Next what is the recipe you are using? Be as specific as possible, including the amounts of each oil and water and lye and all other additives. Include how hot or cool you tend to soap (if you take temps, or describe how hot or cool it may be based on hand feel when you touch the containers.) They all play a part in increasing heat. Some oils heat up in soap quite a lot and the more you use, the hotter the soap will get. For example, Coconut Oil will heat up the soap batter pretty quickly when used in higher percentages.

Which leads to which EO's are you using? Some surely increase the heat of the soap as it interacts with the lye and oils. Incidentally, as the lye interacts with the EO, there is a chemical restructuring, so there may be less therapeutic effect of the EO if that is one of your desires. Some EOs that cause increased acceleration are the spicy ones, but there are others.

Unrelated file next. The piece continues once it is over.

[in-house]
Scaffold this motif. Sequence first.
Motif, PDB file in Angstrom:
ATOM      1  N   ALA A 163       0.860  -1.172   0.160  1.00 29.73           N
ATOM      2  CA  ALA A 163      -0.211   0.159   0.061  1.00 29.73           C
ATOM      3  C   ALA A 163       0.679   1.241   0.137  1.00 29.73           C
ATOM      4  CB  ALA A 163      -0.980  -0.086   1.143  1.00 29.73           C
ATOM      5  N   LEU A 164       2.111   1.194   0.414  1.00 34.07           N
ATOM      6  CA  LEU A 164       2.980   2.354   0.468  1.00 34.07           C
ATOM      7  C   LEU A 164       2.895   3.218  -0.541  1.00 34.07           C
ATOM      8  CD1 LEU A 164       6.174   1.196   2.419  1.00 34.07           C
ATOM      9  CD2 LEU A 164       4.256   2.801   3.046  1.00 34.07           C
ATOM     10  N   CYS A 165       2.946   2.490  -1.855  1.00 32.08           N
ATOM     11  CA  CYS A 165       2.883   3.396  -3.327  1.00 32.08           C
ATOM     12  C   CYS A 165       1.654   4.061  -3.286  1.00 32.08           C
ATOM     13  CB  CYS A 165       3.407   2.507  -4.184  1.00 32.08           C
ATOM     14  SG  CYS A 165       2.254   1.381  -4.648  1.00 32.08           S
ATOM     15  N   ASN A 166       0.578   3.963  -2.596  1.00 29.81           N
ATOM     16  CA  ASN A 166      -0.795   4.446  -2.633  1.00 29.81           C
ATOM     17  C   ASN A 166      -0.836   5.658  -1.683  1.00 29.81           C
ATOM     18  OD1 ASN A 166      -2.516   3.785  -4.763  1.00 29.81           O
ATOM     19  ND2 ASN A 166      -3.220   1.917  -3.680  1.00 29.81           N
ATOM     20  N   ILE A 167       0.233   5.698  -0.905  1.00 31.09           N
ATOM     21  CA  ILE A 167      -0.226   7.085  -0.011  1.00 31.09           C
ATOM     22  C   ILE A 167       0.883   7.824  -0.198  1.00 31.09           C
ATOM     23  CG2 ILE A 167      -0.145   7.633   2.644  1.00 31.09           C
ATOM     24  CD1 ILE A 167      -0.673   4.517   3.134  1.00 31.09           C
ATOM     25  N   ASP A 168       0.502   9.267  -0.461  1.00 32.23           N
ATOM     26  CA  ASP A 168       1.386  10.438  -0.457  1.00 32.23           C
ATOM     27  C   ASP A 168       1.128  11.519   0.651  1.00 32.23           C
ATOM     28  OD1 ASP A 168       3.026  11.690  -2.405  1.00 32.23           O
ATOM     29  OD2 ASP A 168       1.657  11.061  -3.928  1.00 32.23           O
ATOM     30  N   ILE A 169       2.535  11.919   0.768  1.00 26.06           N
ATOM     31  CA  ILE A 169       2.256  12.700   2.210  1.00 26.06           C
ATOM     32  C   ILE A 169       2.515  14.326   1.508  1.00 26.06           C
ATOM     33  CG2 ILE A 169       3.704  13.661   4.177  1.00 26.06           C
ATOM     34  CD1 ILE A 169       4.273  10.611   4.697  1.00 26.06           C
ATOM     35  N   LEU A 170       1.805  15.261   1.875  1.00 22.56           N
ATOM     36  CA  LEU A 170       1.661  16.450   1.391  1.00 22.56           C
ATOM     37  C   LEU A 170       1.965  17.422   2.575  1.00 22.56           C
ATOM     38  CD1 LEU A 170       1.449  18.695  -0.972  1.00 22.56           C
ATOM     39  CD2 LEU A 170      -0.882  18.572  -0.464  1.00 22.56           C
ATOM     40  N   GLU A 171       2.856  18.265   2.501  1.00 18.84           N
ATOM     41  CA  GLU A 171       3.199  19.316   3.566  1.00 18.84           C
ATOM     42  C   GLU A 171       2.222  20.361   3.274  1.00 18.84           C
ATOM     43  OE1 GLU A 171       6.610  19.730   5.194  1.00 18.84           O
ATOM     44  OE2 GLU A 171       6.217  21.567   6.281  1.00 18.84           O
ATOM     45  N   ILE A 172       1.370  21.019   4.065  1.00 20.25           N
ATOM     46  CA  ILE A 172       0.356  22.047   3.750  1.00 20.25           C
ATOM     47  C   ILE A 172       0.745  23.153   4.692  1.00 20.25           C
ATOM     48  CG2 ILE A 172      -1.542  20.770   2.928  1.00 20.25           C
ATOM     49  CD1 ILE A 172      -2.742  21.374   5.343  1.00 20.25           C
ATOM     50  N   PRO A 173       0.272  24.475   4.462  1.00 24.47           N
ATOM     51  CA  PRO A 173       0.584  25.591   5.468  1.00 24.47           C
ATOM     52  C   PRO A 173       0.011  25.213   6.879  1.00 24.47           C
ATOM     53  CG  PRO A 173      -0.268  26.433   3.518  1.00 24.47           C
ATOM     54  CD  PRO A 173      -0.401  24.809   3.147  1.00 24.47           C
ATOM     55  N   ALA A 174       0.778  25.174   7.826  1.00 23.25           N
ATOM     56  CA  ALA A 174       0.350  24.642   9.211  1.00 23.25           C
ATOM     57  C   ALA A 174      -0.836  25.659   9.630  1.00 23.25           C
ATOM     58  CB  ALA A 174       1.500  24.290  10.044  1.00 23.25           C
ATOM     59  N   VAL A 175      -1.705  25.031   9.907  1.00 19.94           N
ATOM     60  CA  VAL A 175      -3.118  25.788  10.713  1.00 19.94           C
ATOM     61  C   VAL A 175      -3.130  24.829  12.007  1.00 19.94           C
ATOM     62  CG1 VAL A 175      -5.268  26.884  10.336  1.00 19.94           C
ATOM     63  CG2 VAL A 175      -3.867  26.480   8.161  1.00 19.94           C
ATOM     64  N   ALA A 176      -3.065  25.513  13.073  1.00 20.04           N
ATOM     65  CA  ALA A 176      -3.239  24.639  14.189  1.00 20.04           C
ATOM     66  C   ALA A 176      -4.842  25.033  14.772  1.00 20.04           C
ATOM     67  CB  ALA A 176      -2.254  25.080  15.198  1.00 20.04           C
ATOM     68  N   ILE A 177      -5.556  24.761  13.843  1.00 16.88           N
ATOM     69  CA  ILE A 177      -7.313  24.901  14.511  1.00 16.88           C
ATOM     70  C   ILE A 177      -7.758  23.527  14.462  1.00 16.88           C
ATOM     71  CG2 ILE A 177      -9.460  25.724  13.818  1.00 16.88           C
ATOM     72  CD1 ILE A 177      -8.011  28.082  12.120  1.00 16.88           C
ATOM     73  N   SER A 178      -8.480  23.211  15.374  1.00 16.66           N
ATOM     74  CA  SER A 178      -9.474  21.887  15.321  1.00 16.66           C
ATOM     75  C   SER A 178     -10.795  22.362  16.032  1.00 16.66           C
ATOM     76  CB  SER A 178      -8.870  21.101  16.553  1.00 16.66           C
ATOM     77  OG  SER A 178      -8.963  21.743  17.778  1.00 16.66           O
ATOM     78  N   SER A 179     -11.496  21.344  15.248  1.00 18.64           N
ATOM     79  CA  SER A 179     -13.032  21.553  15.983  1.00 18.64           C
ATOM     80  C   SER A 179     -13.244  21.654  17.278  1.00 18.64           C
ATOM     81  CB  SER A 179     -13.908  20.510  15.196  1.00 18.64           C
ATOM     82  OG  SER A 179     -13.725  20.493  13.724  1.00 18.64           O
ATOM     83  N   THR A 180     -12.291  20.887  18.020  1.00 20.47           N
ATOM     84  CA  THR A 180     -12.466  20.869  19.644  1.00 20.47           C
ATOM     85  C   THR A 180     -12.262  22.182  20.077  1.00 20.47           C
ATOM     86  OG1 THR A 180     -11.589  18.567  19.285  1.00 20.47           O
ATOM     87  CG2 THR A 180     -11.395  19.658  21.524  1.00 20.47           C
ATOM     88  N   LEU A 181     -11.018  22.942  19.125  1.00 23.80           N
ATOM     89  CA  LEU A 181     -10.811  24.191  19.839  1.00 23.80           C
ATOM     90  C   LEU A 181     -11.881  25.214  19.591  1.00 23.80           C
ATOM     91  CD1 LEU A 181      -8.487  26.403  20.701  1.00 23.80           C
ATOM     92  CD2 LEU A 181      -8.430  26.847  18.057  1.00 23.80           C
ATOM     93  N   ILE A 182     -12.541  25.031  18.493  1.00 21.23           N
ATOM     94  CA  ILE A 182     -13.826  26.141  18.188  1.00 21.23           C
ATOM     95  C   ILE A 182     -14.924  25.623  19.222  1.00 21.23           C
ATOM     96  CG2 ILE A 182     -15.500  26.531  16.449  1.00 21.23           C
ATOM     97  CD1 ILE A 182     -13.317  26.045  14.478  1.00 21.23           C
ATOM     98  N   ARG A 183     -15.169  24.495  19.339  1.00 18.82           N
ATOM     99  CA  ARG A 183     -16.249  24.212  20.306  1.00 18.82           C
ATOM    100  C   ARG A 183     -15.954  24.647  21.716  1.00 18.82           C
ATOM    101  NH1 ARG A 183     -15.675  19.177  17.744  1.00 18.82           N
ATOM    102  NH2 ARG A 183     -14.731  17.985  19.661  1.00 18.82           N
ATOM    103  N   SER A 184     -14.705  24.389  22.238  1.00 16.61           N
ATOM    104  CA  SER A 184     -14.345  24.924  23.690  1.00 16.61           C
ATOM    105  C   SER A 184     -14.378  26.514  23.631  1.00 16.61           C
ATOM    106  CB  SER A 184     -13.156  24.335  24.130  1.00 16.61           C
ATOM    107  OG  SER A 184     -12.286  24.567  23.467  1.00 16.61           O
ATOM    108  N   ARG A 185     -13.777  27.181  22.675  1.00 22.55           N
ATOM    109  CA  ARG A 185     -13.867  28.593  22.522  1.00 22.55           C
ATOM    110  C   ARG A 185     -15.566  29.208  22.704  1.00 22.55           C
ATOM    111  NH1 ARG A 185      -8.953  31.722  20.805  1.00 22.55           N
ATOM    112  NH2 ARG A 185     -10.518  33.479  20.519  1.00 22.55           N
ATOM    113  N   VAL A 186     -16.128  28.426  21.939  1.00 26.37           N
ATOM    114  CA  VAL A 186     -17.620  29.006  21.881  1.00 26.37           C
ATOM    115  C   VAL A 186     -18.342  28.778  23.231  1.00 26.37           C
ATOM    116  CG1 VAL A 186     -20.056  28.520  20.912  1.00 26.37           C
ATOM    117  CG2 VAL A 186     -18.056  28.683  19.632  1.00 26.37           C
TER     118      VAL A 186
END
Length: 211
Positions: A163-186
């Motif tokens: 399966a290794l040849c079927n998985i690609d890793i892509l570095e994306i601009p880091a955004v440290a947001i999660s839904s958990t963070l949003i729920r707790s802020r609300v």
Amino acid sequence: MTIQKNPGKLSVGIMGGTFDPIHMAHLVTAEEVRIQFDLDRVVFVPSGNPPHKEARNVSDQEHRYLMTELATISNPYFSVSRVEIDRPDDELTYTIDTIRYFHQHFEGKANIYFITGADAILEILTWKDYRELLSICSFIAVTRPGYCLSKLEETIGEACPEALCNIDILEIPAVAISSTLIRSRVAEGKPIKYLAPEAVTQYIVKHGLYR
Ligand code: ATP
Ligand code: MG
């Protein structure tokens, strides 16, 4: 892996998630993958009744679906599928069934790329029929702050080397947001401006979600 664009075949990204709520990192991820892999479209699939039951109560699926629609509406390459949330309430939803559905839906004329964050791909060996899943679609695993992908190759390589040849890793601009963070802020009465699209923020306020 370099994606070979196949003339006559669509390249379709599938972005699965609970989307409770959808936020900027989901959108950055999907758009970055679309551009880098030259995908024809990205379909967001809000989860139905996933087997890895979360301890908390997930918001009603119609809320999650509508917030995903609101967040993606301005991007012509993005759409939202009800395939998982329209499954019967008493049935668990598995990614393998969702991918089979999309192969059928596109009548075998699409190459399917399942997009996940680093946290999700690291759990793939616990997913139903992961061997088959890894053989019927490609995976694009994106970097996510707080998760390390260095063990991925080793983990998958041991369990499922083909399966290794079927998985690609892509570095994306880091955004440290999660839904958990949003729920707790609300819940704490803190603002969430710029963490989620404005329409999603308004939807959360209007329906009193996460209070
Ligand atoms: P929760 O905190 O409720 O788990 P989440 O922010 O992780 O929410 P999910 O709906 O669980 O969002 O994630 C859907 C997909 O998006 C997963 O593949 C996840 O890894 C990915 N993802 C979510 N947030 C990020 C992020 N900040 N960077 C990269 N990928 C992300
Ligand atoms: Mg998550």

Next, your mold. Wooden molds insulate and hold the heat longer, thus encouraging gel. So to discourage gel in a wooden mold is more of a challenge with a recipe that heats up to start with.

Some steps to discourage gel: Soap cool (only warm enough to ensure the oils are clear and not solidifying.) Allow your lye solution to come to room temperature before mixing it with the cooled oils. Use less water (more water encourages the soap to gel.) Make smaller batches (larger batches heat up more than smaller batches.) Use a mold that doesn't insulate as much, like a plastic mold or a cardboard box lined with freezer paper. Or use smaller molds; individual soap-bar sized molds don't cool very fast. If you have no other mold option at this point, make every attempt to keep the soap from heating up in addition to the aforementioned.